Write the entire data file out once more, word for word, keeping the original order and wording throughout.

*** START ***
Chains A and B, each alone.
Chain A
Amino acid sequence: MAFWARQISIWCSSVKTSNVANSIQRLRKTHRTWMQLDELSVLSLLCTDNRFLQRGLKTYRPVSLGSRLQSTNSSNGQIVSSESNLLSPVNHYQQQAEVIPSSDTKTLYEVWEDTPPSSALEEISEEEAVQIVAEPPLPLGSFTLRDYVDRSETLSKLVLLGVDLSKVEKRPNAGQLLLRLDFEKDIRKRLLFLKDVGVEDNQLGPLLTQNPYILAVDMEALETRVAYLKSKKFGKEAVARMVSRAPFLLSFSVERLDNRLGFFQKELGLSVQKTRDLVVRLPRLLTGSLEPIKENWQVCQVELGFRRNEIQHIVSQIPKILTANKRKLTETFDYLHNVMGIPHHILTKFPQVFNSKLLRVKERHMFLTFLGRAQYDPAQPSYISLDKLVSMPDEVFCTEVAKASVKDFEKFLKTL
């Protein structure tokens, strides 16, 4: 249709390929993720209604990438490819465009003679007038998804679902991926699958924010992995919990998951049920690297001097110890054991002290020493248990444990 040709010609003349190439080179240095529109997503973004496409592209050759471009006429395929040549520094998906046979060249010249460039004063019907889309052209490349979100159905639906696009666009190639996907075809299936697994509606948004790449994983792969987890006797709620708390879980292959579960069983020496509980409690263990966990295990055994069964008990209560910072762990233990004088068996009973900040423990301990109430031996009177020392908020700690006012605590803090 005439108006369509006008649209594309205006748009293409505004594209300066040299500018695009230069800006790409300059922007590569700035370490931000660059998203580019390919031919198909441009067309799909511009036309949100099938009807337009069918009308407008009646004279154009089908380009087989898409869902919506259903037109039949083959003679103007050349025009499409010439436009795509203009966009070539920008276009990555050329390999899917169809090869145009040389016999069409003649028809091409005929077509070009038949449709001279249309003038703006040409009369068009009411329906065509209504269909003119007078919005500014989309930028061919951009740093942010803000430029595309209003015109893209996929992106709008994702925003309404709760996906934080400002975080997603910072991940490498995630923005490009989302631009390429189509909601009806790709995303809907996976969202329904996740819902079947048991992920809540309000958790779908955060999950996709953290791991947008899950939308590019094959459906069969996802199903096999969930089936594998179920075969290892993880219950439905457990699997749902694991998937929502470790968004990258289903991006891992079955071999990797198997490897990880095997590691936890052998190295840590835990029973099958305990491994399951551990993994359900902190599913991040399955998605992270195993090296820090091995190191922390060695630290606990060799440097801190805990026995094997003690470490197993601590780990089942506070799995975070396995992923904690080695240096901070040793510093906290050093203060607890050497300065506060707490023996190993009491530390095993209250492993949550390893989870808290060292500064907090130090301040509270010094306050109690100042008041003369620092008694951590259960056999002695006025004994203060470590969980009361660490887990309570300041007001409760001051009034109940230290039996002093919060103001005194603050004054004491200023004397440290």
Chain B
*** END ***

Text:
Chains A and B, each alone.
Chain A
Amino acid sequence: MAFWARQISIWCSSVKTSNVANSIQRLRKTHRTWMQLDELSVLSLLCTDNRFLQRGLKTYRPVSLGSRLQSTNSSNGQIVSSESNLLSPVNHYQQQAEVIPSSDTKTLYEVWEDTPPSSALEEISEEEAVQIVAEPPLPLGSFTLRDYVDRSETLSKLVLLGVDLSKVEKRPNAGQLLLRLDFEKDIRKRLLFLKDVGVEDNQLGPLLTQNPYILAVDMEALETRVAYLKSKKFGKEAVARMVSRAPFLLSFSVERLDNRLGFFQKELGLSVQKTRDLVVRLPRLLTGSLEPIKENWQVCQVELGFRRNEIQHIVSQIPKILTANKRKLTETFDYLHNVMGIPHHILTKFPQVFNSKLLRVKERHMFLTFLGRAQYDPAQPSYISLDKLVSMPDEVFCTEVAKASVKDFEKFLKTL
């Protein structure tokens, strides 16, 4: 249709390929993720209604990438490819465009003679007038998804679902991926699958924010992995919990998951049920690297001097110890054991002290020493248990444990 040709010609003349190439080179240095529109997503973004496409592209050759471009006429395929040549520094998906046979060249010249460039004063019907889309052209490349979100159905639906696009666009190639996907075809299936697994509606948004790449994983792969987890006797709620708390879980292959579960069983020496509980409690263990966990295990055994069964008990209560910072762990233990004088068996009973900040423990301990109430031996009177020392908020700690006012605590803090 005439108006369509006008649209594309205006748009293409505004594209300066040299500018695009230069800006790409300059922007590569700035370490931000660059998203580019390919031919198909441009067309799909511009036309949100099938009807337009069918009308407008009646004279154009089908380009087989898409869902919506259903037109039949083959003679103007050349025009499409010439436009795509203009966009070539920008276009990555050329390999899917169809090869145009040389016999069409003649028809091409005929077509070009038949449709001279249309003038703006040409009369068009009411329906065509209504269909003119007078919005500014989309930028061919951009740093942010803000430029595309209003015109893209996929992106709008994702925003309404709760996906934080400002975080997603910072991940490498995630923005490009989302631009390429189509909601009806790709995303809907996976969202329904996740819902079947048991992920809540309000958790779908955060999950996709953290791991947008899950939308590019094959459906069969996802199903096999969930089936594998179920075969290892993880219950439905457990699997749902694991998937929502470790968004990258289903991006891992079955071999990797198997490897990880095997590691936890052998190295840590835990029973099958305990491994399951551990993994359900902190599913991040399955998605992270195993090296820090091995190191922390060695630290606990060799440097801190805990026995094997003690470490197993601590780990089942506070799995975070396995992923904690080695240096901070040793510093906290050093203060607890050497300065506060707490023996190993009491530390095993209250492993949550390893989870808290060292500064907090130090301040509270010094306050109690100042008041003369620092008694951590259960056999002695006025004994203060470590969980009361660490887990309570300041007001409760001051009034109940230290039996002093919060103001005194603050004054004491200023004397440290």
Chain B